6. What part of the thought or the feelings the thought awoke were diminished or disappeared due to distance?
  7. Why do you need this nasty thought or worry? What importance or truth does it offer to you?
  8. Will you take the thought with you or leave it on the stump? Will you let the wind carry it away? Or is it now so small that you can place it in your pocket?

Strength from the landscape (5 min.)

  1. Stop in an open landscape. Climb onto a boulder or hill. Stand at the edge of a beach, a field, or a hill.
  2. Breath comfortable and feel the earth under your feet. Concentrate on the moment.
  3. Imagine yourself as an important part of the land. What do you see, when you watch yourself through the eyes of the land?
  4. What kind of approval and value do you feel when you are part of the land? What strengths of the land do you also feel in yourself? 
  5. Exhale completely, appreciate the moment, and continue your journey.

Thankfulness tree (5 min.)

  1. During your forest or park walk, choose a ‘thankfulness tree’.
  2. Rest under the tree or in a place where you can see in the tree in its entirety.
  3. Think about all the things from the day that you can be thankful for. Pay attention to the everyday and small things as well as the big things.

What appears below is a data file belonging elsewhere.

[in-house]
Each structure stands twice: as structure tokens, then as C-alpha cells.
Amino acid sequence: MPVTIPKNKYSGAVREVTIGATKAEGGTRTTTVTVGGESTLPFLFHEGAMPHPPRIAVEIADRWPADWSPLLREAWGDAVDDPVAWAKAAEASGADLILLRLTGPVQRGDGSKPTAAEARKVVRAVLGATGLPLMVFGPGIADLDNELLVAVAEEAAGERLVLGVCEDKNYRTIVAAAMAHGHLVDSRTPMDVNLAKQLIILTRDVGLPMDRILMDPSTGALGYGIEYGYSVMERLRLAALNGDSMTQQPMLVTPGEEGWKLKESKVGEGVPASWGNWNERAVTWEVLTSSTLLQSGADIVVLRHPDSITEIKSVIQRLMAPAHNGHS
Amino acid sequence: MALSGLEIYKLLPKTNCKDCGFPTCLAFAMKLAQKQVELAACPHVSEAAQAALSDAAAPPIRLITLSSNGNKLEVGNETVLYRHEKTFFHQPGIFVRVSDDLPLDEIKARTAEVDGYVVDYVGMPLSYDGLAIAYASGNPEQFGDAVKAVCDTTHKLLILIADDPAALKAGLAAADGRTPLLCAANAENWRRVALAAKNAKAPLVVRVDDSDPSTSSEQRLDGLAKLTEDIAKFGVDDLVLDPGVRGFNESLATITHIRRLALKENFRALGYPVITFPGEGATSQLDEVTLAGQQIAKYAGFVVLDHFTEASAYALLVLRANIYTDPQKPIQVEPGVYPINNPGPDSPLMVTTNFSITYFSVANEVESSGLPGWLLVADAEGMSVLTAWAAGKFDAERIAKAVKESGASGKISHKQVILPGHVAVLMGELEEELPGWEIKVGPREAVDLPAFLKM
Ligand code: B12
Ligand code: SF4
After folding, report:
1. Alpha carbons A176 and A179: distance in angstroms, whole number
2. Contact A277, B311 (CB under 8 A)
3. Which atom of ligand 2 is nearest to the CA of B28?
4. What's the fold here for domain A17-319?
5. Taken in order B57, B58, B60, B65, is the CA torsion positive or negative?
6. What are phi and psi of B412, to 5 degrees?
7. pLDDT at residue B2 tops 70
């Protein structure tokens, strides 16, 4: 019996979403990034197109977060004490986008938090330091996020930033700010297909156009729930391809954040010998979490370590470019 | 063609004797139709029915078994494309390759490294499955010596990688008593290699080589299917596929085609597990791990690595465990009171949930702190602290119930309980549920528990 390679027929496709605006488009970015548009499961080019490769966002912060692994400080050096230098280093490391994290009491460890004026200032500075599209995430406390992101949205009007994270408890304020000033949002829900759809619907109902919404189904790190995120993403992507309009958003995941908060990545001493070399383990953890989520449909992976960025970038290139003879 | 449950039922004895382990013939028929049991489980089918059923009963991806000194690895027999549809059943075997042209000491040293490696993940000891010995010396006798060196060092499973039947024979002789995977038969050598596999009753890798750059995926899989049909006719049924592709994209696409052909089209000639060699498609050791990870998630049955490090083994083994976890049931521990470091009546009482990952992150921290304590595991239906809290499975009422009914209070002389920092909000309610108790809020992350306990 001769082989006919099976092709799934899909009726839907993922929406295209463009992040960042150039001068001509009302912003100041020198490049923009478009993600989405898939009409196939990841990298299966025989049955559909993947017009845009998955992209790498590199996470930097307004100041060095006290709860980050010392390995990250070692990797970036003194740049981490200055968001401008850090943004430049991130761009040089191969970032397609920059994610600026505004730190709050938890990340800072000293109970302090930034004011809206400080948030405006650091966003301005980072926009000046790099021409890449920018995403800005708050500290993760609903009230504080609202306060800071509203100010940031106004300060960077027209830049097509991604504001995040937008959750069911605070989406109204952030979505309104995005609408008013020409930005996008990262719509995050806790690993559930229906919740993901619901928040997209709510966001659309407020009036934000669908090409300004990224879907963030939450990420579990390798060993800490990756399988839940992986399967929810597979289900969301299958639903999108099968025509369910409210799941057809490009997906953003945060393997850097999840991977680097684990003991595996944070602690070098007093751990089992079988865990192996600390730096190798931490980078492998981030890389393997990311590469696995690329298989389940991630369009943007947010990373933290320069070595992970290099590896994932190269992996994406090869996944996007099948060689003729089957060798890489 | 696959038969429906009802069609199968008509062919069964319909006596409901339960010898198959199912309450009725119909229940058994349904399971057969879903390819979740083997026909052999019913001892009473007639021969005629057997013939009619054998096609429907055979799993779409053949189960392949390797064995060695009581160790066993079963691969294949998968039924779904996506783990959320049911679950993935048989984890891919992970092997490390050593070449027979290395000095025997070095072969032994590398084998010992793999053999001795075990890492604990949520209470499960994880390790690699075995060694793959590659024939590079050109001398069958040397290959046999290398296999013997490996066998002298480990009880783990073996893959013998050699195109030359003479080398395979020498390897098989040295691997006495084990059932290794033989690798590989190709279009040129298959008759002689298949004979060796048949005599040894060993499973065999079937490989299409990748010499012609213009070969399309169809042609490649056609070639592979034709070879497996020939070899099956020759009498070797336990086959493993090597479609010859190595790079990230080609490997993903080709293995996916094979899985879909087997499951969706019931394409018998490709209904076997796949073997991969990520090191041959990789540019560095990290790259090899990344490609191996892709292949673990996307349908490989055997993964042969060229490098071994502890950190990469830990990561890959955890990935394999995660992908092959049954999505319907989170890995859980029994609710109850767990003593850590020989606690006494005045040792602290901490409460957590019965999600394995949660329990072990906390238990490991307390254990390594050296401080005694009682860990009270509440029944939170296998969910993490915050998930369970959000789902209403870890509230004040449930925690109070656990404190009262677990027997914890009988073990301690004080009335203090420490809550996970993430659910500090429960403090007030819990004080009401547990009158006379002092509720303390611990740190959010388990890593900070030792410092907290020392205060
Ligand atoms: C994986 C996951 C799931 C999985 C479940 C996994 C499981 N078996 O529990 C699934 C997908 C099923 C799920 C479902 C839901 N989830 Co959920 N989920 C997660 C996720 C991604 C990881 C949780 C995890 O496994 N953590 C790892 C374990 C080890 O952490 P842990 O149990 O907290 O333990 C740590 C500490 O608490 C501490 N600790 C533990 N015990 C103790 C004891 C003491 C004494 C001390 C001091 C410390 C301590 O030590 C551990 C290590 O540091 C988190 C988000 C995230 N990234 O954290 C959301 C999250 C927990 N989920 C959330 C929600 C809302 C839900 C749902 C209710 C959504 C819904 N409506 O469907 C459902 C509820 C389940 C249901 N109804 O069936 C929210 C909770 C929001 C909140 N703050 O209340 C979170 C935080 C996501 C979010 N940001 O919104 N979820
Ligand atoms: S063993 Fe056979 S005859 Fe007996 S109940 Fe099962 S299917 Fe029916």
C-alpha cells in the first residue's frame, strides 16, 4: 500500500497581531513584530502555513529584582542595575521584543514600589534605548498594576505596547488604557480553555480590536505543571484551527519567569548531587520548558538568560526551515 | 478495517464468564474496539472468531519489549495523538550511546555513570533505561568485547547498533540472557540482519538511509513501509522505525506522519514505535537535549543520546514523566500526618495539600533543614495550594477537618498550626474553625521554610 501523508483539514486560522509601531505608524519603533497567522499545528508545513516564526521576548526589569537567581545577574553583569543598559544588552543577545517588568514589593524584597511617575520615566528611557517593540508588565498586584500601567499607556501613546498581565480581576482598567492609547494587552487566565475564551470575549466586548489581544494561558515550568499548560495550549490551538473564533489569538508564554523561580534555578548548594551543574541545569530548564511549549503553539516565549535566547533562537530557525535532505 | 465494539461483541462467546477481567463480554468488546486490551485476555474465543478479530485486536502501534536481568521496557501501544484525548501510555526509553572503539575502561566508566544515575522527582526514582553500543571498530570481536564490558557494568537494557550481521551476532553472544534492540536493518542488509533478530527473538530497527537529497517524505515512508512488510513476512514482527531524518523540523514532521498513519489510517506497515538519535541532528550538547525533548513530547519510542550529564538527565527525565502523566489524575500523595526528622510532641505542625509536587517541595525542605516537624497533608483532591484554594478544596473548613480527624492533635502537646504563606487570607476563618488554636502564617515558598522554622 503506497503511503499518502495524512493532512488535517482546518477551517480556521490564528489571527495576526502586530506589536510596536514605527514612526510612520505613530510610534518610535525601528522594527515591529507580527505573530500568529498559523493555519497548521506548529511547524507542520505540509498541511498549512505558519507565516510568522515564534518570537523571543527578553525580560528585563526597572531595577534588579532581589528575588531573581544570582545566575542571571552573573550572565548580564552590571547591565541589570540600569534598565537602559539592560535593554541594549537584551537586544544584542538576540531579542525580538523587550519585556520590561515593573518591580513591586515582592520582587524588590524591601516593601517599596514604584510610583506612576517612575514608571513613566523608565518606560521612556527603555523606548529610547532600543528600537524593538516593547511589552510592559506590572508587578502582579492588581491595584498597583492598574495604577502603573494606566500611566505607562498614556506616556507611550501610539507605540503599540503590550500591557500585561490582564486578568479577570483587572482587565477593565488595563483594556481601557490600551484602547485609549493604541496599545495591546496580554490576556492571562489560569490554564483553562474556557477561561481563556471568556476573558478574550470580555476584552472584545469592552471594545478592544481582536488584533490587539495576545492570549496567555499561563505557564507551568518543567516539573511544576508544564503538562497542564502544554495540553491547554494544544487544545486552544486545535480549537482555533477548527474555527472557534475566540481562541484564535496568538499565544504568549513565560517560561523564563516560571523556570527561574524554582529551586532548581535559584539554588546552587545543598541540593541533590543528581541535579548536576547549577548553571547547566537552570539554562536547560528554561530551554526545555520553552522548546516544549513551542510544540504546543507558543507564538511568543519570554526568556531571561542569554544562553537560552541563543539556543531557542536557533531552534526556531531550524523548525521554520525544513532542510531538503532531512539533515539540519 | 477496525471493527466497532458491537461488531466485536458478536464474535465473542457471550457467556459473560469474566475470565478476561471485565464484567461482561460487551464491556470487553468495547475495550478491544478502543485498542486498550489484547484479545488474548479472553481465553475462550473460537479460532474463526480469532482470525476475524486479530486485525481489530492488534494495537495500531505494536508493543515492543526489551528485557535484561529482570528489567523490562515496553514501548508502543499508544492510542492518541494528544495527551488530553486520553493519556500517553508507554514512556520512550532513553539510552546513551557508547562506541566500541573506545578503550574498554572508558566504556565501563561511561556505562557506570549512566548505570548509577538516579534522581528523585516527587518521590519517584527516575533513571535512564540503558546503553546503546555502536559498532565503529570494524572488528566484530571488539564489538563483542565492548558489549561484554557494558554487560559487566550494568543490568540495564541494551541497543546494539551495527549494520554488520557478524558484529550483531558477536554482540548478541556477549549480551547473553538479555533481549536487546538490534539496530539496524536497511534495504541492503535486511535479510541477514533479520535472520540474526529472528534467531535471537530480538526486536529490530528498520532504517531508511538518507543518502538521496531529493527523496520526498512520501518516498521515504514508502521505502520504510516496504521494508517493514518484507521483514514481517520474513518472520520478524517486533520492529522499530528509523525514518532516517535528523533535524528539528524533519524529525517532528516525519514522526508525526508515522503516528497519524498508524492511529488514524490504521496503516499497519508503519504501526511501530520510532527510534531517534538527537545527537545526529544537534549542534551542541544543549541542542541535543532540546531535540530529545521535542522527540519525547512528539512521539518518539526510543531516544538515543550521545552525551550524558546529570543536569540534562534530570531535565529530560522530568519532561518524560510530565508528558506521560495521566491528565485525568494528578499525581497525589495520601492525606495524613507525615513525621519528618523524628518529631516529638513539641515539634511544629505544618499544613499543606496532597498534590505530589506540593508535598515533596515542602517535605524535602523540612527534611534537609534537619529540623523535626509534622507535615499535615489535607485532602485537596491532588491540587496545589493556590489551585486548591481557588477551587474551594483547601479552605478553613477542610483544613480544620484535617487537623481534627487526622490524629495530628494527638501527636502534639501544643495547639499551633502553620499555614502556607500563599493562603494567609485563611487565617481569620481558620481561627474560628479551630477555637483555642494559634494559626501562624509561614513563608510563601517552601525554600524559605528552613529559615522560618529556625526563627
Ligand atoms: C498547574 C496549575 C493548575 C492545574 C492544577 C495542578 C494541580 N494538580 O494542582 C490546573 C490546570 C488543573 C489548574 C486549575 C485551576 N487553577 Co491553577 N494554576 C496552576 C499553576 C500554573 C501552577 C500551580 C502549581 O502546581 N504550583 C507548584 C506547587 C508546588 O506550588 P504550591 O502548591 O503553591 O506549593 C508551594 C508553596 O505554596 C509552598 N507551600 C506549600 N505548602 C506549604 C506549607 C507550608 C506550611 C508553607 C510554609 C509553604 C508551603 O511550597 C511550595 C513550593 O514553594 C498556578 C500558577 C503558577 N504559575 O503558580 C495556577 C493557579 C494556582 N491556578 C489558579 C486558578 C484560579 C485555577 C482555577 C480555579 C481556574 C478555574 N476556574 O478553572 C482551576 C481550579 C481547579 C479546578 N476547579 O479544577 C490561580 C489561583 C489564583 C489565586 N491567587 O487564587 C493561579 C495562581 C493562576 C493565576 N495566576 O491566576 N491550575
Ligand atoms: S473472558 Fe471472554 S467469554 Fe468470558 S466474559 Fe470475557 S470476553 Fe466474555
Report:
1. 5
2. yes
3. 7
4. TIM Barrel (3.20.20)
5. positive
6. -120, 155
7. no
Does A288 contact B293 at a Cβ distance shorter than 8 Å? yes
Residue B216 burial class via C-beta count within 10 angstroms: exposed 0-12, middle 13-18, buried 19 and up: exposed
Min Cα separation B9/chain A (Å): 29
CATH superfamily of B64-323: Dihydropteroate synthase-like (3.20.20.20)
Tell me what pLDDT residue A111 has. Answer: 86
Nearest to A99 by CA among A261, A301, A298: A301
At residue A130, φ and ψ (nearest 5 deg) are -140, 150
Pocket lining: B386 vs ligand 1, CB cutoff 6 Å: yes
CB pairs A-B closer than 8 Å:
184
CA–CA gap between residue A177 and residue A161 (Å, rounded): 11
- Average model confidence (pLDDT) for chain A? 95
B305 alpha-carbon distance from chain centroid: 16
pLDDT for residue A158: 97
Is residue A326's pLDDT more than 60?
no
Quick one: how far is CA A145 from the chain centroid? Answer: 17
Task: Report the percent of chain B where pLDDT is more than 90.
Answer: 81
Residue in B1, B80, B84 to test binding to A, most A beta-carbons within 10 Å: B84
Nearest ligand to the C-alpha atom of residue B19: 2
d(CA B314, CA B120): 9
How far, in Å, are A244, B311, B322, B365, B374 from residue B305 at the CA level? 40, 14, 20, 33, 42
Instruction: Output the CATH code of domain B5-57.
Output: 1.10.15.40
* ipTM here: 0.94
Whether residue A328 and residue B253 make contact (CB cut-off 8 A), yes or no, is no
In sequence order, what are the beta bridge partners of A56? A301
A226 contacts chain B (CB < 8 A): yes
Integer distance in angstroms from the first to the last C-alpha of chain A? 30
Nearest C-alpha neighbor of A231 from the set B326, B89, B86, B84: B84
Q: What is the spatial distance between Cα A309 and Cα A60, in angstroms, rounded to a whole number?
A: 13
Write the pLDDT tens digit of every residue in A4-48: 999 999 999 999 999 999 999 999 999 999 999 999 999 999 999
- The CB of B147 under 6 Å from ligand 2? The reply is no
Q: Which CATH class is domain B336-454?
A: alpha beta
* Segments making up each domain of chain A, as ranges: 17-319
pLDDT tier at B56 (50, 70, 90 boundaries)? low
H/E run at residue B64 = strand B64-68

4. Imagine that you are placing all the things for which you are thankful on the branches of the tree.
  5. Watch your ‘thankfulness tree’ and listen for the feelings of gratitude in your mind and body.
  6. Return to the location of the tree at least once a week or when your experiences require it.
  7. If needed, you can also go to the roots of the ‘thankfulness tree’ in your imagination, even when you cannot physically visit the location of the tree.

Best for me (10 min.)

  1. On your forest walks, consider what you can do or be to give you a good attitude and renewed vitality.
  2. ‘Best for me’ thinking includes:                                                                                                           - What is best for me at this point in my life? What is best for me today? What is best for me at this moment                                                                                             
  3. What improvements were produced? What will you take with you from this walk?